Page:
Sonderling Sunday – Neverending, Unendliche

It’s Sonderling Sunday! That time of the week when I play with language by looking at the German translation of children’s books — or the English translation of German children’s books.

Last week, my Sonderling Sunday post was interrupted when I found out the offer I’d made on a new home was accepted, and I was way too distracted to continue. (I’m so excited! It’s a lovely condo with a lake view! And my very first home purchase!)

So this week, I’ll continue where I left off in Die unendliche Geschichte, by Michael Ende, translated into English as The Neverending Story

About all I’d covered last time was the snorkeled letters on the door of the shop. This is the section before the chapters with large alphabet illustrations. I didn’t mention that in the German edition, this section is in red type, while the later chapters are in green type. The English version has this section in italics.

Continuing on, listing German first, because that’s the original language:

regenfleckige Mauer = “rain-splotched wall”

da? eine kleine Traube von Messingglöckchen, die über hing, aufgeregt zu bimmeln begann
= “that a little cluster of brass bells tinkled wildly”
(literally: “that a little bunch of grapes of little brass bells, that hung over it, excited to jingle began”)

Der Urheber dieses Tumult = “The cause of this hubbub”

durchweicht = “soaked” (“through-wet”)

Schulmappe = “school satchel”

Dämmerlicht = “half-light” (“twilight”)

mannshohen = “shoulder-high” (“man-high”)

I like this one:
Rauchkringel = “ring of smoke”

Es zieht = “There’s a draft.” (“It attracts.”)

in einem hohem Ohrenbackensessel aus abgewetztem Leder
= “in a high worn leather wing chair”
(“in a high Ears-back-chair of threadbare leather”)
“Wing chair” or “Ears chair”? I kind of like the latter!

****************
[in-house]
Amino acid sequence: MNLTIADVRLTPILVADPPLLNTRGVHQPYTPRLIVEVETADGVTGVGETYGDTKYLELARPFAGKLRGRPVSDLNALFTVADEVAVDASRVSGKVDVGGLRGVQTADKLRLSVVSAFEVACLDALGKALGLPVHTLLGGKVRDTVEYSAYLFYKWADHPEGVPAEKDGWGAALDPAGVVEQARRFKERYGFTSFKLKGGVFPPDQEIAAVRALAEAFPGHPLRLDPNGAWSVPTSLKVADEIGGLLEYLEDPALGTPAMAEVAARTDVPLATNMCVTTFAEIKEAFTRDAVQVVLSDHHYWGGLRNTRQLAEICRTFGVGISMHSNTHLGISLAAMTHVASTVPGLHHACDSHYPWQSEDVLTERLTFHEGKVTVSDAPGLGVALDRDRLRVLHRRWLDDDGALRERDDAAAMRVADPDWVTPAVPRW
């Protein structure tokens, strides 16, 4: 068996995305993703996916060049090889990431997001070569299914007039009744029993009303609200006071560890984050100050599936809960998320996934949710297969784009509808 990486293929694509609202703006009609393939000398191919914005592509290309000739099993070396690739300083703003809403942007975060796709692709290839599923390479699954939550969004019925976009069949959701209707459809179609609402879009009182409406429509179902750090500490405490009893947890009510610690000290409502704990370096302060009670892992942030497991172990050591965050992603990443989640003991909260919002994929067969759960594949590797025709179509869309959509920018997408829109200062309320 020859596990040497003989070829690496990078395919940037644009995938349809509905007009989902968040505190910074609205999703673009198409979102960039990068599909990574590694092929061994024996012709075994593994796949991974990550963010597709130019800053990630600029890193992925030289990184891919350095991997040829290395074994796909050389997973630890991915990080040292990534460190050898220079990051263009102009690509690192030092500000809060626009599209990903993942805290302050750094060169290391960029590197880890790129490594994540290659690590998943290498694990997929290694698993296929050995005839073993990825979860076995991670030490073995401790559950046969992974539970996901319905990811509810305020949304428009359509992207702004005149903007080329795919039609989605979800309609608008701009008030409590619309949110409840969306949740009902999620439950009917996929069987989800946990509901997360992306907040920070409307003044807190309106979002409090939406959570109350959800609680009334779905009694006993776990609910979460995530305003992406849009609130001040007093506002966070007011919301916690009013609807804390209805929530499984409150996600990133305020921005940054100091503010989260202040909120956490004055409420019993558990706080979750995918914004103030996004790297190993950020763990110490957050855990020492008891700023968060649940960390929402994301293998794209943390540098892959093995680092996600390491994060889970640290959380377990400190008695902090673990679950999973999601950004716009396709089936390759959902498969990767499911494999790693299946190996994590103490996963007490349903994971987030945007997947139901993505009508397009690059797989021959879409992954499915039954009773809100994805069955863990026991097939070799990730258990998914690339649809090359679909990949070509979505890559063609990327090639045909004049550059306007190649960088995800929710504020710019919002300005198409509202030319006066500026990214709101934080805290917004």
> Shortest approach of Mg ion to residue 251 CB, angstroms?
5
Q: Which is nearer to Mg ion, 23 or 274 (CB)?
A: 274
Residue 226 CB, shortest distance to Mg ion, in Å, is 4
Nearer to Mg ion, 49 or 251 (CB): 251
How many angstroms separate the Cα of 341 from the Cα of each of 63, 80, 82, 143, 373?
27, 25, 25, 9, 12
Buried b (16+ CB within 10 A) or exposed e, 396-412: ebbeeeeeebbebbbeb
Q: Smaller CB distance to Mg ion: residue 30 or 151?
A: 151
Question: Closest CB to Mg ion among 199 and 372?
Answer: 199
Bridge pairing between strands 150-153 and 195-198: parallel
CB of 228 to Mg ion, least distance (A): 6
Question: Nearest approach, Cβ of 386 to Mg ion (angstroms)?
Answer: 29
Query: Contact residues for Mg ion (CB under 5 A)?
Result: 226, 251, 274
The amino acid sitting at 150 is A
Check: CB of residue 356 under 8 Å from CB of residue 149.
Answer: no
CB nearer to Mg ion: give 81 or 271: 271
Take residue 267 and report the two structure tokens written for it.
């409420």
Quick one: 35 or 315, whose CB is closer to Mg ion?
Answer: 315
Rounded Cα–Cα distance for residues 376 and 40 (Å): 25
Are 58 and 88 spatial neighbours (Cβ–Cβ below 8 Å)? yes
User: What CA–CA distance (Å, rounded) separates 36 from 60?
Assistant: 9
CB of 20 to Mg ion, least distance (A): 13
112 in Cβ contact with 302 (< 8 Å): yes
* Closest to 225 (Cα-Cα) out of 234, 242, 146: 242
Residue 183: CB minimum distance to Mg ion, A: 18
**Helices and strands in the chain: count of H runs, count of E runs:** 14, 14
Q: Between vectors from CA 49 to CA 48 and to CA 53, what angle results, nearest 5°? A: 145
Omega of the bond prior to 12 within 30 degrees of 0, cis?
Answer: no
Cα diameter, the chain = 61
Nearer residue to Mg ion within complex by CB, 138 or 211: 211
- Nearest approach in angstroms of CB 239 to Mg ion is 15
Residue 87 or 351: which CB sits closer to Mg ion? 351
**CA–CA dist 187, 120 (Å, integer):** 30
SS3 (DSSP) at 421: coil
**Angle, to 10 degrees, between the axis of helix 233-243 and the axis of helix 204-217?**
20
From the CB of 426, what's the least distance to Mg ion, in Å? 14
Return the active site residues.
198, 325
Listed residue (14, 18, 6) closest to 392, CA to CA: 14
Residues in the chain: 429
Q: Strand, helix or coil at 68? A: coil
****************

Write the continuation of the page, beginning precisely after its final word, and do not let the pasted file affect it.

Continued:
Büschel = “outcroppings”

bissigen Bulldogge = “vicious bulldog” (“biting bulldog”)

knollenförmigen Nase = “bulbous nose” (“tuber-formed nose”)

Oh, I like this word!
Mundwinkel = “corner of his mouth” (“mouth angle”)

A new expression to try:
Ach du liebes Bi?chen! = “Goodness gracious.” (“Oh dear little bit!”)

ein Mordsgetue = “a terrible fuss” (“a murder-to-do”)

I probably shouldn’t challenge you to use this sentence:
Ich bin ganz and gar kein Kinderfreund.
= “I simply have no use for children.”
(“I am completely and totally no child-friend.”)

Oh, goody! More insults! (Always the most fun)

blöde Schreihälse = “screaming”
(“stupid screamnecks” — I guess the translator didn’t want to be so rude.)

Quälgeister = “torturing people”
(“spirits of torment”)

die alles kaputt machen = “breaking things”
(“who make everything broken”)

die die Bücher mit Marmelade vollschmieren = “smearing books with jam”
(“who the books with jam fully smear”)

die Seiten zerrei?en = “tearing the pages”

die sich den Teufel darum scheren, ob die Erwachsenen vielleicht auch ihre Sorgen und Kümmernisse haben
= “It never dawns on them that grown-ups may also have their troubles and cares.”
(“who don’t give a damn that adults possibly also have their worries and cares.”)

seine Lektüre fort = “went on reading”
(Interesting! Lektüre means reading, not talking. I bet that’s how the English word “lecture” started out.)

Here’s a fun expression, and a tongue-twister, to boot:
Manieren hast du nicht für fünf Pfennig = “Where are your manners?”
(“Manners have you not for five pennies.”)

dich verspotten = “make fun of you”

Spinner = “Screwball” (“spider”)

Mondkalb = “nitwit” (“mooncalf”)

Aufschneider = “braggart” (“out-cutter”)

Schwindler = “liar”

Love those sch- words!
schlurfte = “shuffled”

dumpfes Gemurmel = “low mumbling”

Unwiderrufliches = “irrevocable”

wunderschöne, gro?e Anfangsbuchstaben
= “large, beautiful capital letters at the beginning of the chapters”
(I love it! German has a word for “capital letters at the beginning of the chapters”)

eigentümlich verschlungenen Buchstaben = “strangely intricate letters”
(“strangely inter-snaked letters”)

I’ll stop tonight where Bastian reads the name of the book he has discovered:
Die unendliche Geschichte

Summing up, I think the best new word of the night was Anfangsbuchstaben.

Most fun to say: schlurfte

Hardest to say: Manieren hast du nicht für fünf Pfennig

Cutest word: bimmeln

Biggest change of perspective: Ohrenbackensessel

Best insult: blöde Schreihälse

Worst insult: die die Bücher mit Marmelade vollschmieren

Again, go out and practice your new vocabulary! If only in the form of a dumpfes Gemurmel.

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